Game Change, the Jay Roach film based on the much ballyhooed book by John Heilemann and Mark Halperin, is basically a love song for hacks. The film, as one might surmise, is politics in its very soul – but politics in a very DC sort of sense. This is after all, the Washington DC that saw Bill Clinton’s adultery as a far greater sin than Ronald Reagan funding the rape and murder of Catholic missionaries in El Salvador, that continued to pass of Hermain Cain as a conservative wunderkind not until he proved his lack of basic knowledge on Libya, but when it turned out he like to boink. There is a claim that DC cares more about politics than other towns – which is partially true, but it is more knee deep in the tactics on the Hill than any sort of curiosity about what they are fighting for. I know living here, I have seen motorcades passing by – but who knew the world the tinted windows covered was no more sophisticated than 8th grade? Judging by the information contained in Game Change, a film which benefits greatly from competent direction and acting that is better than the material, Halperin and Heilemann had the best seat in the house for the 2008 campaign but could only deliver with spreading nasty rumors about the girls they saw. This is not to say that the film is not well made. It absolutely lives up to HBO’s standards for production and acting and whatnot – and this has to be vastly superior to the book considering how much Moore and Harrelson bring to their characters, and how little curiosity the writers seem to show for anything that would actually be interesting or insightful.
Woody Harrelson plays Steve Schmidt – who has remade himself as MSNBC’s Republican Primary version of Hubie Brown – a campaign strategist left over from the Bush days who gets called by John McCain (Ed Harris) to try to help the campaign. In this moment, we hear Schmidt talk about how Obama lacked experience while McCain was an American hero and he wants to help the team and so-forth. And that basically is the extent of the politics in the film – and things shift into the very interior world of running a campaign. Apparently, McCain is struggling along with Obama getting the large convention bump and so on and so on – and so there has to be something to counterract it. Steve Schmidt of course has the brilliant idea – bring in the governor of Alaska. Here, the movie is skillful in displaying the calculation. The team is looking at numbers and the news cycle, and trying to win the everyday campaign. There is an absence of a larger context – perhaps since for these people there IS no larger context. Indeed, the authors of the book bring no such insight to the table. In some ways, the movie would have benefited from eliminating the McCain character entirely. Ed Harris brings little to the role here, and the filmmakers and the book’s authors have no interest in portraying him as anything other than the heroic news clippings that make Chris Matthews drool.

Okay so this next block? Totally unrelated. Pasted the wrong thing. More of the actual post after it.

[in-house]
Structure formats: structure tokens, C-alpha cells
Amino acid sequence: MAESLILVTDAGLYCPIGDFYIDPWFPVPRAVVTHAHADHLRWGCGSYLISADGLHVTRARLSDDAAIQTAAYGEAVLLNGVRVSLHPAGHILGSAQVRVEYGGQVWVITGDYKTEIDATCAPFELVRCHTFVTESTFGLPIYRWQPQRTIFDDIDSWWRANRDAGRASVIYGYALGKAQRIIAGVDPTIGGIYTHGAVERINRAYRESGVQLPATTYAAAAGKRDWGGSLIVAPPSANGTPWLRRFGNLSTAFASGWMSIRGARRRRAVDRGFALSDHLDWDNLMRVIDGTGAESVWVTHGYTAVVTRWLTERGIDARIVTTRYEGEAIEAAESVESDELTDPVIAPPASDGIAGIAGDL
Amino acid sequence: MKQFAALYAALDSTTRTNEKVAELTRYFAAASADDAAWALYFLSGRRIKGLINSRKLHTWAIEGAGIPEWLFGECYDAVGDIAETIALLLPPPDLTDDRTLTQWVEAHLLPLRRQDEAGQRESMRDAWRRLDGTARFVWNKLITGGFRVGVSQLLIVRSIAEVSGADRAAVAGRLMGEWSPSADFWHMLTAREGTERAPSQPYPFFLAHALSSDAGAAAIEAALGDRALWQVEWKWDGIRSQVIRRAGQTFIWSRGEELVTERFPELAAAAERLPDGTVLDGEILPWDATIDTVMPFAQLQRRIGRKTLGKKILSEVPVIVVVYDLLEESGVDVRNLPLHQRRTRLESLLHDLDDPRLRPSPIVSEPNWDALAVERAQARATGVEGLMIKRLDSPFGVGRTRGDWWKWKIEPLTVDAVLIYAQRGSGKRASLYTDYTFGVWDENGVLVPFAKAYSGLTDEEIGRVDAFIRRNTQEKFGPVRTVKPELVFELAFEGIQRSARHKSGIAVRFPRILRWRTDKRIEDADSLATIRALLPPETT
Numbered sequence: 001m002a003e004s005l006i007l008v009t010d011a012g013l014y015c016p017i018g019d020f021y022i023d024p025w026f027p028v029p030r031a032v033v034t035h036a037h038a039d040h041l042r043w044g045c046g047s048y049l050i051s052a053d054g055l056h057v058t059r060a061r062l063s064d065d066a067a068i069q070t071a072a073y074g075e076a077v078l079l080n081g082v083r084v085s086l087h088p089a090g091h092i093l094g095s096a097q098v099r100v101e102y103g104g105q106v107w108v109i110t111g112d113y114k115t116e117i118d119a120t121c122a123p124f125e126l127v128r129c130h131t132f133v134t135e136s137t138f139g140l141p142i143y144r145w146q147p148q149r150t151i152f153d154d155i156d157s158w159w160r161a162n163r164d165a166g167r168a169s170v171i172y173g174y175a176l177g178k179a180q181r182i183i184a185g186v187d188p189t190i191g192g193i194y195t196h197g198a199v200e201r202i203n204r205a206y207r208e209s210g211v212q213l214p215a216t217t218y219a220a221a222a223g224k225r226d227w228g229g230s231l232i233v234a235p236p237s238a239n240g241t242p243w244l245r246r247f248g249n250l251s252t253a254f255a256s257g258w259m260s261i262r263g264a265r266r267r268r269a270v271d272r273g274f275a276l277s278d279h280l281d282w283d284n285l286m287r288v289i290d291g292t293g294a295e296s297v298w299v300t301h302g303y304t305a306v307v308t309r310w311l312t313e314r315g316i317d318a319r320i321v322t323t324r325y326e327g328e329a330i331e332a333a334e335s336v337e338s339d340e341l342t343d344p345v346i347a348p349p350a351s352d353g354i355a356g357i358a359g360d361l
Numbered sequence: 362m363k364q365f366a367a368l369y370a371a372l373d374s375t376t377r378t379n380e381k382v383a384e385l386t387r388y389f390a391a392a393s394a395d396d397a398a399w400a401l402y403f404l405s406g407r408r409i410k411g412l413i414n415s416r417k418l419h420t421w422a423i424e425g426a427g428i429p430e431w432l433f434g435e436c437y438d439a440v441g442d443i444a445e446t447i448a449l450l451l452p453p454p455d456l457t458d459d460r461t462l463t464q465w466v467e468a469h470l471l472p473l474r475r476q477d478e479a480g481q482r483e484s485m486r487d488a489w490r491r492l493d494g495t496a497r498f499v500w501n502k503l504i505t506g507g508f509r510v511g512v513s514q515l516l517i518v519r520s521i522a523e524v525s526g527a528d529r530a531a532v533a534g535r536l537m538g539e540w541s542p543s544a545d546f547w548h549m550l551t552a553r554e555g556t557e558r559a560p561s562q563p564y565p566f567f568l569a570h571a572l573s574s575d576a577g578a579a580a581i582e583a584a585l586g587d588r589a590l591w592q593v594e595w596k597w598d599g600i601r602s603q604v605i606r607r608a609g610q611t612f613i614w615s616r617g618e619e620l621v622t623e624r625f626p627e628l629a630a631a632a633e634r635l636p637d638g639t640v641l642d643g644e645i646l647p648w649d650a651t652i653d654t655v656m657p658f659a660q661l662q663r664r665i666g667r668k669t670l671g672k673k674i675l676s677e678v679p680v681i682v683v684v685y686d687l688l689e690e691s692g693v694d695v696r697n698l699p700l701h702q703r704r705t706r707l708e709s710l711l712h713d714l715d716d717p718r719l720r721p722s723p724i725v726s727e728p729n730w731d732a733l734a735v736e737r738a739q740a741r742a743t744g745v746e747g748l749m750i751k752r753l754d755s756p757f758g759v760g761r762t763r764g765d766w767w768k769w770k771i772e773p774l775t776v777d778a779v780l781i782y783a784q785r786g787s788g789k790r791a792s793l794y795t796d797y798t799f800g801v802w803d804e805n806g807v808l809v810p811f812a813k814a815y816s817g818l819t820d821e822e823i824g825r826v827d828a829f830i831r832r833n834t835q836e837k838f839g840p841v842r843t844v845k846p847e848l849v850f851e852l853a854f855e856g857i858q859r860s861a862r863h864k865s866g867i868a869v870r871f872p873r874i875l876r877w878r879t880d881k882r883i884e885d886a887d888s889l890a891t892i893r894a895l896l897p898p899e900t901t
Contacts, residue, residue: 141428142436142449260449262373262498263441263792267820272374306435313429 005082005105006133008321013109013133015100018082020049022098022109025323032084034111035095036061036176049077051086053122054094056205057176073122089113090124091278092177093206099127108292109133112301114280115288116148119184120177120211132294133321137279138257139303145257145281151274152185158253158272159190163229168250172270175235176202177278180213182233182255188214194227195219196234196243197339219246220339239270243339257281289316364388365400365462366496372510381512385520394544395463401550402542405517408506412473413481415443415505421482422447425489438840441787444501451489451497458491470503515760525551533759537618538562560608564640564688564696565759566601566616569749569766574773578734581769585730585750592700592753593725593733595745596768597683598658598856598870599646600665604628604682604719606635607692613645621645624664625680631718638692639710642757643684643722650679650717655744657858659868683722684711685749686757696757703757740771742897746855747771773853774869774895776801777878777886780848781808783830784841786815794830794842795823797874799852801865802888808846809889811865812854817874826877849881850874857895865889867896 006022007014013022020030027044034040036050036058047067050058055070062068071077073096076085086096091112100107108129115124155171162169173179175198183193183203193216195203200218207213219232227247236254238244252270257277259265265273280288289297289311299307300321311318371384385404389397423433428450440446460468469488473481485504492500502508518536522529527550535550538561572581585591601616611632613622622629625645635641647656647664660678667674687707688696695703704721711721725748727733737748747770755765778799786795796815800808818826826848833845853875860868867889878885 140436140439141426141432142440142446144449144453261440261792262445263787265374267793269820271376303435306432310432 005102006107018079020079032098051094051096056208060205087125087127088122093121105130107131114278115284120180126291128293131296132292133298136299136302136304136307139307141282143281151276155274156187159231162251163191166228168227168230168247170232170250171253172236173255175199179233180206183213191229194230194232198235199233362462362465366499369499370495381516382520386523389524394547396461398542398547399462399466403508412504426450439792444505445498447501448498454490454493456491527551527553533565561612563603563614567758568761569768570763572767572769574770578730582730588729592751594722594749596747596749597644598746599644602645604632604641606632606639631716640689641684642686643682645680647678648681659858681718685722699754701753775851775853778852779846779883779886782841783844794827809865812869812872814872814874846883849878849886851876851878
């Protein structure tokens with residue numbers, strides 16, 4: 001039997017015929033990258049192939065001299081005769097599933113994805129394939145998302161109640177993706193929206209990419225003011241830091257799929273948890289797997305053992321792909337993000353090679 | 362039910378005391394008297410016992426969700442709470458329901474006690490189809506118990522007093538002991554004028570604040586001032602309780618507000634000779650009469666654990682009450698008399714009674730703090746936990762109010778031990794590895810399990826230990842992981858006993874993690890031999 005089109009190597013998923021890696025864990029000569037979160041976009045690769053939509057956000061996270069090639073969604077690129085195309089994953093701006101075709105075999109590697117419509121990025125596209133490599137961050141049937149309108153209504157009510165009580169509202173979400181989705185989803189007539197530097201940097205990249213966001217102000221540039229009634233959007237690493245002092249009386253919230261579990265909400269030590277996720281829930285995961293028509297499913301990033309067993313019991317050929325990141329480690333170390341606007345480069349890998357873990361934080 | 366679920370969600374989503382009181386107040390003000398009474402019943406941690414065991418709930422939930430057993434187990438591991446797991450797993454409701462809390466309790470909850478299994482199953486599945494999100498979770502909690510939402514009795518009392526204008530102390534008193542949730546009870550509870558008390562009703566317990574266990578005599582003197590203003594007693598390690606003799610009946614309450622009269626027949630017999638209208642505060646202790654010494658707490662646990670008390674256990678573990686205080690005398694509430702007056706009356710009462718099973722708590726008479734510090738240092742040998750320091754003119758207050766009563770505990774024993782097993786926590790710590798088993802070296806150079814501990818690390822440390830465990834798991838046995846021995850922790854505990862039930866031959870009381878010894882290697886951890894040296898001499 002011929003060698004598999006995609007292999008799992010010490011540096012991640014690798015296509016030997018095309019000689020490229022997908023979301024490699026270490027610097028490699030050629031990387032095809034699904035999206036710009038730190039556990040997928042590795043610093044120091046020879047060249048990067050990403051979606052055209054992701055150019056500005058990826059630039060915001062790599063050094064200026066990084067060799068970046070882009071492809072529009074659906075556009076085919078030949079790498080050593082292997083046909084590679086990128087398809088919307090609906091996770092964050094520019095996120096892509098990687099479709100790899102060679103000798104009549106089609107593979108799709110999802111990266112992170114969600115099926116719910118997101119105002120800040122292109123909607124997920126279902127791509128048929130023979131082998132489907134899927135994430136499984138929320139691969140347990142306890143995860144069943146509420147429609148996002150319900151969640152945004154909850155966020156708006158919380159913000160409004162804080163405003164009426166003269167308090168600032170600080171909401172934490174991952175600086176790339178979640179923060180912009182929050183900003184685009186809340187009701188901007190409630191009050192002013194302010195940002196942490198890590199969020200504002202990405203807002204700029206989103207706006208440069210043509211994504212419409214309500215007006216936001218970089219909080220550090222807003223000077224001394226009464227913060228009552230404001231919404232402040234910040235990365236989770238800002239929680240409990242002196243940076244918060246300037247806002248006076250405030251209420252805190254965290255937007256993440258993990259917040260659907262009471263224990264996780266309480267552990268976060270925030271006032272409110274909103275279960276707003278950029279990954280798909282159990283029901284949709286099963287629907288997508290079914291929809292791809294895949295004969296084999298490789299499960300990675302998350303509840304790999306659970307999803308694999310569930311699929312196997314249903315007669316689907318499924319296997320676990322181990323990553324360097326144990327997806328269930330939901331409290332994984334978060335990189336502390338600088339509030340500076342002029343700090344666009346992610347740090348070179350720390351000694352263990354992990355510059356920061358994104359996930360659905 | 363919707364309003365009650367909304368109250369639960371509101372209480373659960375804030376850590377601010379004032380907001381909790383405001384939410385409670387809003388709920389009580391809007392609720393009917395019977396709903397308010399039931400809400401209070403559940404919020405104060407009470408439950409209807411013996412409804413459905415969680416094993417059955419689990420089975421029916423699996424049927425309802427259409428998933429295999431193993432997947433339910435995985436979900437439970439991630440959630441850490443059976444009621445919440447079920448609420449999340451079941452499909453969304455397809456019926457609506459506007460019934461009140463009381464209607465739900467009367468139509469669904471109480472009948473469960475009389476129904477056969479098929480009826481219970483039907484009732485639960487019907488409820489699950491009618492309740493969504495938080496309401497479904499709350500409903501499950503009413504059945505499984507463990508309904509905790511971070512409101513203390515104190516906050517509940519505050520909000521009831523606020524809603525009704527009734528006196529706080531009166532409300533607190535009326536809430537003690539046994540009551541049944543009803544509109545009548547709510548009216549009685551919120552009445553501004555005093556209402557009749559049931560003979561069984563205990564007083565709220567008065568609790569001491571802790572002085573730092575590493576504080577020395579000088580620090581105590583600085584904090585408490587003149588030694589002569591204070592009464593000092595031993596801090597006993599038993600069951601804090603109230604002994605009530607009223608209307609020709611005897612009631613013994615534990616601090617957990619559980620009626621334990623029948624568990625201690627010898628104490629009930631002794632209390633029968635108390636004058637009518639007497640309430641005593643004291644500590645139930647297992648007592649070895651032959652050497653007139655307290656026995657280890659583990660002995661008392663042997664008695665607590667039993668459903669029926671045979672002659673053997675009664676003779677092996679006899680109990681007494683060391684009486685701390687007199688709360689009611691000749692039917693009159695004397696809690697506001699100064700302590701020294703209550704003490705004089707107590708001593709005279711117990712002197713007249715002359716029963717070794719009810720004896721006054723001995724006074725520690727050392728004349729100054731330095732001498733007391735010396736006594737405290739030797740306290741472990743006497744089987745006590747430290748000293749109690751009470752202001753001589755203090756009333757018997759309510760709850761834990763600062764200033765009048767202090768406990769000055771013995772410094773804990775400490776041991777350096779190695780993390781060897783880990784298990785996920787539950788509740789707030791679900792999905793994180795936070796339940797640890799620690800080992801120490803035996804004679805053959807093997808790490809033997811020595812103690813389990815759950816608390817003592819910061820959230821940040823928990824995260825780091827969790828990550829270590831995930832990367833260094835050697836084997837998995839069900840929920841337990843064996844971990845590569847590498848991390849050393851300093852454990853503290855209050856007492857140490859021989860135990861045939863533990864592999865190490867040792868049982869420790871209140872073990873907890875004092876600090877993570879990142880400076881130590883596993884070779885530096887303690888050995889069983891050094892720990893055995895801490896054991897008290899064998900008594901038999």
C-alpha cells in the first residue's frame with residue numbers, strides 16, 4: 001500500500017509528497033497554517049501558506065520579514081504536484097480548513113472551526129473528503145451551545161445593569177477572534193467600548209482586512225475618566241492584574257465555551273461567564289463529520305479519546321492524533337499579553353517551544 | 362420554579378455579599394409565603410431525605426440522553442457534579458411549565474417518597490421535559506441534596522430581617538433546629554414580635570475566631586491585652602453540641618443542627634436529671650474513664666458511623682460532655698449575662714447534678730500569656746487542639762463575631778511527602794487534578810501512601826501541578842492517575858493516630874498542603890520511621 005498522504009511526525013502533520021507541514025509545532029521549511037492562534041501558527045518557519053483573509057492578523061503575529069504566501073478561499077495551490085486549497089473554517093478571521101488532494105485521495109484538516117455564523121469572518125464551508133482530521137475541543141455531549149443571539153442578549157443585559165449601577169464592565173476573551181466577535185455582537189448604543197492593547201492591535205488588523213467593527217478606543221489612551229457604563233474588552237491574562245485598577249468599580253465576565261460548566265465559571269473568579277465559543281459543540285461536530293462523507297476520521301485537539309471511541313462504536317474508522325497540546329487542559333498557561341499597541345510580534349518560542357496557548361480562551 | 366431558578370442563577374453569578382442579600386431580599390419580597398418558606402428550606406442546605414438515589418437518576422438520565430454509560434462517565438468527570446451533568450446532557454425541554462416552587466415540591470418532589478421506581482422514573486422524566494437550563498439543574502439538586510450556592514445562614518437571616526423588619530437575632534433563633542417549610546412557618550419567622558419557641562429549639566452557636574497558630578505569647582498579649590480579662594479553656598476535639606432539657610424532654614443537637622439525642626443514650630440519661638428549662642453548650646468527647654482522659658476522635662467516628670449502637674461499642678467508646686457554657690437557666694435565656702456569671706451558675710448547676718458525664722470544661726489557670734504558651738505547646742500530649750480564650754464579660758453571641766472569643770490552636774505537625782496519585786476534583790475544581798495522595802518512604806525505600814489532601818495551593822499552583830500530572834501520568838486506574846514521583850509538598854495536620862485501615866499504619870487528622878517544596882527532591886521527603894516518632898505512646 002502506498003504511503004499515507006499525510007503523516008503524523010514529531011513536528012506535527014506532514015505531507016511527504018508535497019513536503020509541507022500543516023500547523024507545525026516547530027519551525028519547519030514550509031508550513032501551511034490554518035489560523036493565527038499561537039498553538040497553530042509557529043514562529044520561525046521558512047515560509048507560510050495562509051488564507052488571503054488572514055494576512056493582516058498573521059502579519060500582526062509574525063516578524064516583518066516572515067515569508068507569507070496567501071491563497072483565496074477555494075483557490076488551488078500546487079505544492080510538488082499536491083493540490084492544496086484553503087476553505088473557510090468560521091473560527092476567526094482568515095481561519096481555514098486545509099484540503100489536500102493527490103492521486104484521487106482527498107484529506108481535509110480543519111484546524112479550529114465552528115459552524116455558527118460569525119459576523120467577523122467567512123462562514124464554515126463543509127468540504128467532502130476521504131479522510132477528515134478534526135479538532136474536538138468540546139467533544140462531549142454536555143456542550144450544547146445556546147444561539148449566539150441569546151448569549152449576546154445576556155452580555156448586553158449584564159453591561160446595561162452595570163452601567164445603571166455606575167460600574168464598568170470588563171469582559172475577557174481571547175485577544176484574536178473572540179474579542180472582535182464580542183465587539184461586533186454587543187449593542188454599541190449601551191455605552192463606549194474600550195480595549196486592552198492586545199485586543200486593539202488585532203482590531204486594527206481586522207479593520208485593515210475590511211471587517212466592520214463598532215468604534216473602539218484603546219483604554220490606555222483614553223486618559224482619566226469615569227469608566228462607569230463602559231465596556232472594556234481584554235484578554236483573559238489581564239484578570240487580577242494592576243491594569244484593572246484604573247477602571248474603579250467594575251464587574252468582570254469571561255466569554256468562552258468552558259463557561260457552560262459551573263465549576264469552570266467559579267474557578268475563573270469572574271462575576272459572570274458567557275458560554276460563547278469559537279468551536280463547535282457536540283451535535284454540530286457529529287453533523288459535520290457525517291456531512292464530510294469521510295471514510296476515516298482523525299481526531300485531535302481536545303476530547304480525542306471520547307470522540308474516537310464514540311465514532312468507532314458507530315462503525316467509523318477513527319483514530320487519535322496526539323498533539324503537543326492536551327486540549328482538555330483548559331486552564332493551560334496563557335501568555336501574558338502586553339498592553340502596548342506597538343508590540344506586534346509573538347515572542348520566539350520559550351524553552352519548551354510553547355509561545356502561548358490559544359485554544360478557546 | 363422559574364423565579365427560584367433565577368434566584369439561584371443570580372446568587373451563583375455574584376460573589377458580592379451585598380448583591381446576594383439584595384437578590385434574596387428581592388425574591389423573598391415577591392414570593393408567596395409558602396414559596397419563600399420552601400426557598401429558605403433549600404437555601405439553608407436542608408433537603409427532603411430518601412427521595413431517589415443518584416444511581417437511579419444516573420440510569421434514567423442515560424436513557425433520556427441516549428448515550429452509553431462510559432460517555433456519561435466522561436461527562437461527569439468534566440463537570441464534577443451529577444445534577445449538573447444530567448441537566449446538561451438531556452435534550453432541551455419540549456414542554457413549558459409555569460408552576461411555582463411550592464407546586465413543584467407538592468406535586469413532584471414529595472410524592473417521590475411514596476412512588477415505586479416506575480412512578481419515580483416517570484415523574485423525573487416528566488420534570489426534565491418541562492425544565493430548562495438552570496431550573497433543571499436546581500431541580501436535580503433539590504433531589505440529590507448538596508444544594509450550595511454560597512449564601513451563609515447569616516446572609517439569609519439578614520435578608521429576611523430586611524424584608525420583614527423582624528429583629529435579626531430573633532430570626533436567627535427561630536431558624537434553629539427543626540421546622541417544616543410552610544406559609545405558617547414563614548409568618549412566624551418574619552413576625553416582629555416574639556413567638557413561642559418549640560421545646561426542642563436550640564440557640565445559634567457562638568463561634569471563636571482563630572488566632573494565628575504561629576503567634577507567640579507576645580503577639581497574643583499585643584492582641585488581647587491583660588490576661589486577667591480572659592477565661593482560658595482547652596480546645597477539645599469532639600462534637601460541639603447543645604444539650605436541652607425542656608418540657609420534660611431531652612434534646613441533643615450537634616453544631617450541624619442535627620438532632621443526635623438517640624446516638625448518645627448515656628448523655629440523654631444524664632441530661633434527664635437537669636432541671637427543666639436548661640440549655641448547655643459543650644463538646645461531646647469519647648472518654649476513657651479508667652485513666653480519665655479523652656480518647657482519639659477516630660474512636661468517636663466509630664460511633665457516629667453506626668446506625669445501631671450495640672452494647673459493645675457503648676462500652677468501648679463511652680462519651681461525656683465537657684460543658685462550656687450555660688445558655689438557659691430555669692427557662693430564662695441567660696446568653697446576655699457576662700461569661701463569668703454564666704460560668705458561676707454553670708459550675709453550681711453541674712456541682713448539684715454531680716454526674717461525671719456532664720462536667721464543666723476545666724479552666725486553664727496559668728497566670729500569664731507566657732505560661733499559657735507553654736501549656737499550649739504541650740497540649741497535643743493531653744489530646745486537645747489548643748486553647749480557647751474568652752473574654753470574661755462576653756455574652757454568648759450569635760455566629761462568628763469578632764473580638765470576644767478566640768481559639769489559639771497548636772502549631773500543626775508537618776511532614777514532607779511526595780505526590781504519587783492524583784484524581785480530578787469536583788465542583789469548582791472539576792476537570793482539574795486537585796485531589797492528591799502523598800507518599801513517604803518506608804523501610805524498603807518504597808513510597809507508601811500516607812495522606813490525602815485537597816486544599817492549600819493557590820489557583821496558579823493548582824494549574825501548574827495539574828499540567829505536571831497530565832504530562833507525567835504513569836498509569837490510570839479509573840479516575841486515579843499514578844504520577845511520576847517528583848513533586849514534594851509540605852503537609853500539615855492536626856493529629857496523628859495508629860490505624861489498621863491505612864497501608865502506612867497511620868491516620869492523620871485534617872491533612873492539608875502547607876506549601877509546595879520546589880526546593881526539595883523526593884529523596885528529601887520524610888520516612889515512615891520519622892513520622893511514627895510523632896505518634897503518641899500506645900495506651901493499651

Of course, with this choice comes the entrance into the arena of Ms. Palin (Julianne Moore) herself. Palin I believe, is none too pleased about her portrayal here. Actually I think Roach is far more sympathetic to Palin than Halperin and Heilemann are. As a matter of fact, considering their gleeful disparaging of Elizabeth Edwards, one can surmise that there is a bit of a misogynistic streak in how they regard women working in the arena in general. The Palin story of course needs no rehashing here, and Juliane Moore – seasoned pro that she is – does not attempt to strike a perfect impersonation. Tina Fey has that covered. Instead Moore suggests the Palin personality, and in the limited things the screenplay allows her to show, you get a sense of a woman who got the call from the big leagues, and slowly started to recognize and exploit what a big deal she was. She did not ask for this, but the McCain campaign was trying to have it both ways – have her be the running mate for their base, PR flunky reasons, but limit her power to actually act like somebody important. Needless to say, Palin – like anybody in that position – resisted. Moore’s performance is heroic here, in fewer quiet moments, suggesting some depth and feeling without the screenplay offering her much help. Halperin and Heilemann want us to think that she is the cartoon character depicted in the media – but Moore resists.
Indeed, Palin becomes more difficult to handle, and by the end, we are asked to sympathize with Schmidt’s regret for his decision. However, I just got the sense he was upset that they lost – and for those who lived in that time, it’s not like Palin was causal – preventing a perfectly heroic angel from winning what was entitled to him. That, like much of DC politics is also invented claptrap. But of course, this is a Beltway insider book, so what did we expect? I was glad I saw the movie, if nothing else to sate my curiosity. However, the screenplay David Mamet wrote for the fictional Wag the Dog contains far more insight about politics, and the PR folks who shine their shoes and the court stenographers. It is amazing yet totally unsurprising that the book Heilemann and Halperin wrote made such a splash – full of sound and fury and rumor signifying nothing.